“Dignity is defined as the personal quality of being worthy of honor.(Websters.your dictionary.com)”
It seems that every generation has a different way of defining this concept within themselves. Every generation has a perception of what the fiber of dignity consists of, and it seems to be an ever changing colorful fabric throughout the decades. Looking back through the fifties and sixties, there was a major turnover in many aspects of society. What was percieved to be the American Dream throughout the fifties was heavily challenged by the generation growing up in the sixties. A cliché family unit was becoming less mainstream, and counter culture was coming into focus. Wether in the formation of student protests in Berkeley, California where free speech and anti war demonstrations were common, or the formations of groups like the Black Panther Party, social reform was in full swing. All in the name of dignity.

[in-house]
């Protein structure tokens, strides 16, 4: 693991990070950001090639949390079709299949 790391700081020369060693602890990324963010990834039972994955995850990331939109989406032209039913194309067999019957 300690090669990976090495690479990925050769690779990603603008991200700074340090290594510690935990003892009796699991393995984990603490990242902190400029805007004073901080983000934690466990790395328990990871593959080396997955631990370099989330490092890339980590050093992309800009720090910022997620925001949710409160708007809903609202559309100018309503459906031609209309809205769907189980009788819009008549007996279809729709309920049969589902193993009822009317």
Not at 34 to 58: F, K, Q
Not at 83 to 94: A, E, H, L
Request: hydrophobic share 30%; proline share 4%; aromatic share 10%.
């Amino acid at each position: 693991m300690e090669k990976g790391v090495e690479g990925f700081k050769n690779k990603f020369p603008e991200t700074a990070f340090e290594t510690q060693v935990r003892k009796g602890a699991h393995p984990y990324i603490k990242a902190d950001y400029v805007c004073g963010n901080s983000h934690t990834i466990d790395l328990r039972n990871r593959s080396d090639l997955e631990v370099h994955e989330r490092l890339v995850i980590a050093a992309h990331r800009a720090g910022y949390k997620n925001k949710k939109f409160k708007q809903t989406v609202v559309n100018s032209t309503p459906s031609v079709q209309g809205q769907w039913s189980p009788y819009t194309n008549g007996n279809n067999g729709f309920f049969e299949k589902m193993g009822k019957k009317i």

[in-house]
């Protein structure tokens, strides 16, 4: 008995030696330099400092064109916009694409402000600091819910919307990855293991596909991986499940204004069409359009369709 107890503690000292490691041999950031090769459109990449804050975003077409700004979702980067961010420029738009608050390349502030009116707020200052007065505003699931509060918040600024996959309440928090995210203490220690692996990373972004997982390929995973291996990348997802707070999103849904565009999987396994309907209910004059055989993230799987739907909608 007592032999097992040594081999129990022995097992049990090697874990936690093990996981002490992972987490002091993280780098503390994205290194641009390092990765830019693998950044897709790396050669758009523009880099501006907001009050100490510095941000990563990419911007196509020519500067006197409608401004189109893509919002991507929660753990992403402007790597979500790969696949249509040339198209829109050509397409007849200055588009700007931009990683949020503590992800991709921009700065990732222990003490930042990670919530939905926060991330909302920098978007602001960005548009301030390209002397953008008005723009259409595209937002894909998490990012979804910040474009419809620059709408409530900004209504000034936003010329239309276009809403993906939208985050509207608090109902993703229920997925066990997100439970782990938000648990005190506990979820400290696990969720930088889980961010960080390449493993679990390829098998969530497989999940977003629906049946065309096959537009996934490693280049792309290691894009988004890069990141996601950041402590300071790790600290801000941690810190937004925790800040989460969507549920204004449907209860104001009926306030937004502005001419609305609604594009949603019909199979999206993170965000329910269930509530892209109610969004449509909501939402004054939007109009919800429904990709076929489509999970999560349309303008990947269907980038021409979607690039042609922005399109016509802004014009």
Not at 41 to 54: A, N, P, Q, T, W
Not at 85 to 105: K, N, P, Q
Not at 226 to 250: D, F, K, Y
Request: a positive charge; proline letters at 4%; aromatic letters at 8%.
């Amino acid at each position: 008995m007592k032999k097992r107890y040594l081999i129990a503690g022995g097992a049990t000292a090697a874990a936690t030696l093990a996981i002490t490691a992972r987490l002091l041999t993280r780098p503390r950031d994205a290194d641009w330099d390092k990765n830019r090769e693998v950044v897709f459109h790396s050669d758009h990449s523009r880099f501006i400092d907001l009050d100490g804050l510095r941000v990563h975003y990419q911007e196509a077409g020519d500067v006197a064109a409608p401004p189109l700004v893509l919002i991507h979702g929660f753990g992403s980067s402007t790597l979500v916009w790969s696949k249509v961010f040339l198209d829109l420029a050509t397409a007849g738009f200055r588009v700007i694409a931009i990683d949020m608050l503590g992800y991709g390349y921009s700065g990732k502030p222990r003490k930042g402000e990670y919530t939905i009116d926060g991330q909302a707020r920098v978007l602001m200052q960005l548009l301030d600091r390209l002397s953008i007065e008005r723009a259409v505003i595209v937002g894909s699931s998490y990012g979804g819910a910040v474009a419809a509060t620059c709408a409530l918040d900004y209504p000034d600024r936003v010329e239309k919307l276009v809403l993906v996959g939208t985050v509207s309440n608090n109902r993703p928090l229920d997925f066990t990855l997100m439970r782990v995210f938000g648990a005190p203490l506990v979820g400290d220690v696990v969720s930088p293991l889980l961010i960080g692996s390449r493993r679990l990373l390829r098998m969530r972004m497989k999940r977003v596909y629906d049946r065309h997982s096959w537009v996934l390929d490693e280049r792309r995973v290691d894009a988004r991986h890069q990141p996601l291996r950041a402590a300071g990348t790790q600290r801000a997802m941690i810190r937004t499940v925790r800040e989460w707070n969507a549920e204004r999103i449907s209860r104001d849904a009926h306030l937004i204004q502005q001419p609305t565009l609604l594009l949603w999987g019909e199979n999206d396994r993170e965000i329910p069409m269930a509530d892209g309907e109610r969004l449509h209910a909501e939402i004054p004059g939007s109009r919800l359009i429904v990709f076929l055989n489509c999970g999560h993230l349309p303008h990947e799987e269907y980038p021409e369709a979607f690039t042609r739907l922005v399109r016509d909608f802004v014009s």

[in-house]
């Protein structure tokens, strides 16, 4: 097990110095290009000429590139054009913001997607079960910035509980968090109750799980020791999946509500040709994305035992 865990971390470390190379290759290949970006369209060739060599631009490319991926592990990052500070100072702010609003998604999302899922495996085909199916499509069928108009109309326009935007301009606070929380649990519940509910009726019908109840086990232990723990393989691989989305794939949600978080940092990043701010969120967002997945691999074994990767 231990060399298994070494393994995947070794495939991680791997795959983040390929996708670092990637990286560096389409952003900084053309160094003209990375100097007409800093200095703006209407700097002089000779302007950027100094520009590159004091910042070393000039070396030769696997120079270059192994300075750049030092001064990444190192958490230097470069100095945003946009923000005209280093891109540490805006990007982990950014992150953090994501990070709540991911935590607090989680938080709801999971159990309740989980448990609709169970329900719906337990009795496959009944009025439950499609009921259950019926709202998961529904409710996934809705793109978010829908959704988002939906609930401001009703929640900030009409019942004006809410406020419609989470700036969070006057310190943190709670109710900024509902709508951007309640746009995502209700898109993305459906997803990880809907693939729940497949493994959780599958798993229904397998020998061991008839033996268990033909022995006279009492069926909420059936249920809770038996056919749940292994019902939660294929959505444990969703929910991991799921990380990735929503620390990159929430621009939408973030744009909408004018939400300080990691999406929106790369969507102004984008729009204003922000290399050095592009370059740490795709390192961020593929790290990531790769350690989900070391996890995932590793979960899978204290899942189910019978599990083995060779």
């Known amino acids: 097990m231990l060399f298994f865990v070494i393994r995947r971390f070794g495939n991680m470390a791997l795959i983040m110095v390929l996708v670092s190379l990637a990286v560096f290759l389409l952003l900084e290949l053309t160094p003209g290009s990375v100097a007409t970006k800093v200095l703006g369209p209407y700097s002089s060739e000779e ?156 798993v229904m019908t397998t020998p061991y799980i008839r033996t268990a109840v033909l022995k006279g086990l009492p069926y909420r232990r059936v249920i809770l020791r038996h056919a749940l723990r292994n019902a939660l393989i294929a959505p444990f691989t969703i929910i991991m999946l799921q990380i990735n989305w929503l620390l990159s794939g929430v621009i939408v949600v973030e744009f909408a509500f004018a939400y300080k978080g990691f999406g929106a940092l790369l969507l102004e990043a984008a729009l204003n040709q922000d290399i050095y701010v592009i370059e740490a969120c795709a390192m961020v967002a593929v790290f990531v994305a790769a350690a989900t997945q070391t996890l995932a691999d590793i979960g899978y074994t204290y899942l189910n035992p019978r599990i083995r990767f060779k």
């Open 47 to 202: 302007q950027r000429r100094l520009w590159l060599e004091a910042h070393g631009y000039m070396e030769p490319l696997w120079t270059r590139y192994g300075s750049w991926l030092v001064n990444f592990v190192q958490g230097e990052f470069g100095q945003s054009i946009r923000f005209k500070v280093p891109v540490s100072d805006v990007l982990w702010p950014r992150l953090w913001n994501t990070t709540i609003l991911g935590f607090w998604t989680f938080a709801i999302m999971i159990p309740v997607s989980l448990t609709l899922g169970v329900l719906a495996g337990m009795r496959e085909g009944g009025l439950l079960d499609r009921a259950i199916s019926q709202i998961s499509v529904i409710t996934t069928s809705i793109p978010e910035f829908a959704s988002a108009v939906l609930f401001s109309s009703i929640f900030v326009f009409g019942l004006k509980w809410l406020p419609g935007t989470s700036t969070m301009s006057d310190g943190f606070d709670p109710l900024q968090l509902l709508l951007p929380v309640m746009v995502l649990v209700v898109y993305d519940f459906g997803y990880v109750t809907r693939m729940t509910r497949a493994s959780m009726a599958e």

Going back to the year 1950, the nuclear family was at its peak, and the American Dream was as strong as ever. The notion that the average blue collar working man could make his destiny whatever he wished with a dollar and a dream was intoxicating. Being well liked and attractive gave false promises to the working class who, in the end, worked the same job for 30 years just to have the realization that they had really gone nowhere. They had stayed stagnant in an era that promised growth to the common man. The American Dream had failed them. This led into another event of the 1950s that would foreshadow the beginning of the sixties as a decade of free speech and change.
Is rebellion a form of finding ones dignity? As a man in the 1950’s having a picture perfect nuclear family, and a job that supported them was the ultimate goal. Moving closer to the sixties, this way of living was challenged. There were those who rejected that as the only option, and instead, chose a group of men, or a “gang,” as a sudo-family. Making the rebellious...